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UVM_ALL_ON -vs- UVM_DEFAULT


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Hi, All -

There are two field macro flags that seem to do about the same thing. I am looking for an additional insight into these two flags.

Both UVM_DEFAULT and UVM_ALL_ON seem to set all of the copy, compare, print, pack, etc. flags. Looking at the UVM source files, it seems that UVM_DEFAULT also has a depth flag set that is not included in UVM_ALL_ON, but I/m not sure what that means.

I thought I once read that UVM_DEFAULT was intended to be UVM_ALL_ON but that it would be possibly modified by the VIP committee to take on more intelligent defaults in the future, but I can't find any reference to that possibility at this time.

I also read in some of the VIP Mantis items that UVM_DEFAULT needed definition or needed to be deprecated.

Can anybody shed light on the use (or avoidance) of UVM_DEFAULT?

Regards - Cliff Cummings

Sunburst Design, Inc.

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Hi Cliff,

As you may know from the DVcon2011 Best Paper, there are many people who do not recommend the use of the field automation macros at all.

Dave

http://www.businesswire.com/news/home/20110308006709/en/DVCon-2011-Announces-Paper-Reports-Significant-Attendance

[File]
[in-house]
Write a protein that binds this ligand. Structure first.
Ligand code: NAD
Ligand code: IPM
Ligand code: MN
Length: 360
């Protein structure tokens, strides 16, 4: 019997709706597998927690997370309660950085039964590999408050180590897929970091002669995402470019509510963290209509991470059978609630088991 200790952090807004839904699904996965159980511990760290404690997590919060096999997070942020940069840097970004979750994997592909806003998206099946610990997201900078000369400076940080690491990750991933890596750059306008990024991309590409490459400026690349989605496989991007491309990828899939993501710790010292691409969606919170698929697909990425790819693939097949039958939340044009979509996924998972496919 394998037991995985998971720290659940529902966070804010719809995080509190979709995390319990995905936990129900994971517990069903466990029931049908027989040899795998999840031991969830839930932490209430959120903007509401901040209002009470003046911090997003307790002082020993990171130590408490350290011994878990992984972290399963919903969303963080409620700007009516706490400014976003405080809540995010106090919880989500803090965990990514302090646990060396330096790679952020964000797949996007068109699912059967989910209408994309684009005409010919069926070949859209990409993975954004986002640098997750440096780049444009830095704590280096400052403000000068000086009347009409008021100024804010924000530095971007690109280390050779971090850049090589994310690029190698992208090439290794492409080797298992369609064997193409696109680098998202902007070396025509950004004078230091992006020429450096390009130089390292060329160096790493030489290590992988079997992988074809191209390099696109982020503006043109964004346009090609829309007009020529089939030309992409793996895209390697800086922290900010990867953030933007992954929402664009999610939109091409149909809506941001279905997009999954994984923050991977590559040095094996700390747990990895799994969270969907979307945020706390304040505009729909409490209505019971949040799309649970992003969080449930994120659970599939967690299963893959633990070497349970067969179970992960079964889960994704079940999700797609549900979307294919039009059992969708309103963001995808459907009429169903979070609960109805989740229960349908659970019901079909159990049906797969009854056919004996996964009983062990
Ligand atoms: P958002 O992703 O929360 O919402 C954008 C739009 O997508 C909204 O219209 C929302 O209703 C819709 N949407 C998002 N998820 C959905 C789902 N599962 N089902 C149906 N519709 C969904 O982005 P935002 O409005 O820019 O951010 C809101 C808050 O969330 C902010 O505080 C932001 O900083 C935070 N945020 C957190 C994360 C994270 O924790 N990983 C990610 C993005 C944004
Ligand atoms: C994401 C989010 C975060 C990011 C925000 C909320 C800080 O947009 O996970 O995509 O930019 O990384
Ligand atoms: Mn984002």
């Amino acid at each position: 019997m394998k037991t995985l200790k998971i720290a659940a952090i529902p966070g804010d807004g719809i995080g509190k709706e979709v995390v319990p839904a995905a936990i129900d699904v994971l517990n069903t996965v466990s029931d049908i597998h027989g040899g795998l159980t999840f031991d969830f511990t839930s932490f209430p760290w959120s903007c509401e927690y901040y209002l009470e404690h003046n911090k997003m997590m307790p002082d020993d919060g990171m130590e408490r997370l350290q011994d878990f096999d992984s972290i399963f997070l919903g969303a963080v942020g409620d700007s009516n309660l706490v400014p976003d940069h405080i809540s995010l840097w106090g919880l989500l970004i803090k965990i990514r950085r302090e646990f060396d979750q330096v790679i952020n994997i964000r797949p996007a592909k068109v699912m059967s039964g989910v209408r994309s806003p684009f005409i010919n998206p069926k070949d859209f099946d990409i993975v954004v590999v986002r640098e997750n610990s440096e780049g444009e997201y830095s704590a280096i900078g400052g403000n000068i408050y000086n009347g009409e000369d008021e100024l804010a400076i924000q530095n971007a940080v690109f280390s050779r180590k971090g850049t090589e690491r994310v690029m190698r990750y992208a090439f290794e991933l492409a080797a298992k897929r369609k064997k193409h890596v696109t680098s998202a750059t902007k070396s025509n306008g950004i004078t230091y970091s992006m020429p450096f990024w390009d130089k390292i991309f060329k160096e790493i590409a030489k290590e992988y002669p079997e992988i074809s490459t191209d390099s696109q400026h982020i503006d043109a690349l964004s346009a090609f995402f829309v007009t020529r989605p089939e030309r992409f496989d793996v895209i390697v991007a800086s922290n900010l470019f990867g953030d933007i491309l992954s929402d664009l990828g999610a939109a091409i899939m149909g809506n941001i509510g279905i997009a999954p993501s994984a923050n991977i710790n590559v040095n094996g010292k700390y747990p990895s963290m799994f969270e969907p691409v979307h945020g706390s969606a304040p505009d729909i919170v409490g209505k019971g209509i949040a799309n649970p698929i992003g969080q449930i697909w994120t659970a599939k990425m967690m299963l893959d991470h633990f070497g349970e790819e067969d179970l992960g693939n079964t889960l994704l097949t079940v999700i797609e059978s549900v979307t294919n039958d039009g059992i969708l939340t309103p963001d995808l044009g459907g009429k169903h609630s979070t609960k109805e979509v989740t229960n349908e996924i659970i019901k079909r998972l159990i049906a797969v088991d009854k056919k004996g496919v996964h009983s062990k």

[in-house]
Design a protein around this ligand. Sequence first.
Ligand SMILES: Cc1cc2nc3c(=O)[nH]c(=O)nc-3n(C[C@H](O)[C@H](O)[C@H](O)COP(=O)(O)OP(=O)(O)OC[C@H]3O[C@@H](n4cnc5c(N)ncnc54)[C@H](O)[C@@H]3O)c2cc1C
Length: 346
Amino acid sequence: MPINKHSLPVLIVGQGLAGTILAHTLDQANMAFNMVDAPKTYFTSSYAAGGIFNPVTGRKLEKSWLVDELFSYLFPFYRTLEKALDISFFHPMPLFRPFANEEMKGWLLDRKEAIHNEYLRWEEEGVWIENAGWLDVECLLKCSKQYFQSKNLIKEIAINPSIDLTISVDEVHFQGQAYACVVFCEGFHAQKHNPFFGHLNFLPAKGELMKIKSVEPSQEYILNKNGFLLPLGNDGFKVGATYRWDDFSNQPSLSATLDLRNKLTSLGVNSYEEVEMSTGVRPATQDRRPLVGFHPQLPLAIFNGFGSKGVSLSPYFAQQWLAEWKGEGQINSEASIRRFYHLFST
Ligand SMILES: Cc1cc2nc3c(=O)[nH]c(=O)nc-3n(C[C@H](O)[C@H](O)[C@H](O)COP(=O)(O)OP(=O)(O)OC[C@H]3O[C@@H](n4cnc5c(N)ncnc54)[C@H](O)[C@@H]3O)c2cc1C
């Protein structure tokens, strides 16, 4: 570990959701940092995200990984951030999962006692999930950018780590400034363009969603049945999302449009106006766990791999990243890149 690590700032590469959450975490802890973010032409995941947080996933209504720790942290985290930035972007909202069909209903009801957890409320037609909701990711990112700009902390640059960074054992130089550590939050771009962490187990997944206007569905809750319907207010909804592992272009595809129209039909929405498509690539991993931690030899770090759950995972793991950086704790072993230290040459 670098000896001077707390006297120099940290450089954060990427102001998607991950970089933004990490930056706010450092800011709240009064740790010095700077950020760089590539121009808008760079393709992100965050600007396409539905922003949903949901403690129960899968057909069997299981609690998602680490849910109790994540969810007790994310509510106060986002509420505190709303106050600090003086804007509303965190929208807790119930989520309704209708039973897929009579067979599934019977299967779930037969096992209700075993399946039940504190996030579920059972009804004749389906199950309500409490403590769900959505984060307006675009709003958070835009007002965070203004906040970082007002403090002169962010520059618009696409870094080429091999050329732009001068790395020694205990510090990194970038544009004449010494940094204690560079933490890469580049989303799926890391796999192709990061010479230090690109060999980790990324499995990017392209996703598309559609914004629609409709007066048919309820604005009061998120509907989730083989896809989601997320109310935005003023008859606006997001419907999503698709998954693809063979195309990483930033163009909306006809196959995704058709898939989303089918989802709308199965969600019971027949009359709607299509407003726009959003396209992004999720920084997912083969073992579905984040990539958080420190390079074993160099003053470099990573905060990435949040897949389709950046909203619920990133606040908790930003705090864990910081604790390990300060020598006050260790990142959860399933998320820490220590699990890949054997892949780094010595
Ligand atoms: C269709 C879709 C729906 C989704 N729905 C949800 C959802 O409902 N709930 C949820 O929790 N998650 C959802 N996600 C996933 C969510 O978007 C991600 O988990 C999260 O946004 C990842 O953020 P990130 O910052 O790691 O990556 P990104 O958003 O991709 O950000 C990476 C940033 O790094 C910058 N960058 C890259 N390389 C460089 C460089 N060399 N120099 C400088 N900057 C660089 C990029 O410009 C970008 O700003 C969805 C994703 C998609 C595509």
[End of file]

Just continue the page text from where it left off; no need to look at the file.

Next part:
https://verificationacademy.com/cookbook/MacroCostBenefit

Edited by dave_59
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Hi, Dave -

I attended Adam Erickson's excellent and compelling presentation on this topic (paper available at http://www.mentor.com/products/fv/verificationhorizons/upload/horizons-jun-11.pdf ), but there are a number of users that prefer to use the field macros due to their ease of use, despite the performance issues, which is why I at least want to know what the best methods are for those who choose to use the field macros.

Thanks for the reply.

Regards - Cliff

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Hi, Dave -

I attended Adam Erickson's excellent and compelling presentation on this topic (paper available at http://www.mentor.com/products/fv/verificationhorizons/upload/horizons-jun-11.pdf ), but there are a number of users that prefer to use the field macros due to their ease of use, despite the performance issues, which is why I at least want to know what the best methods are for those who choose to use the field macros.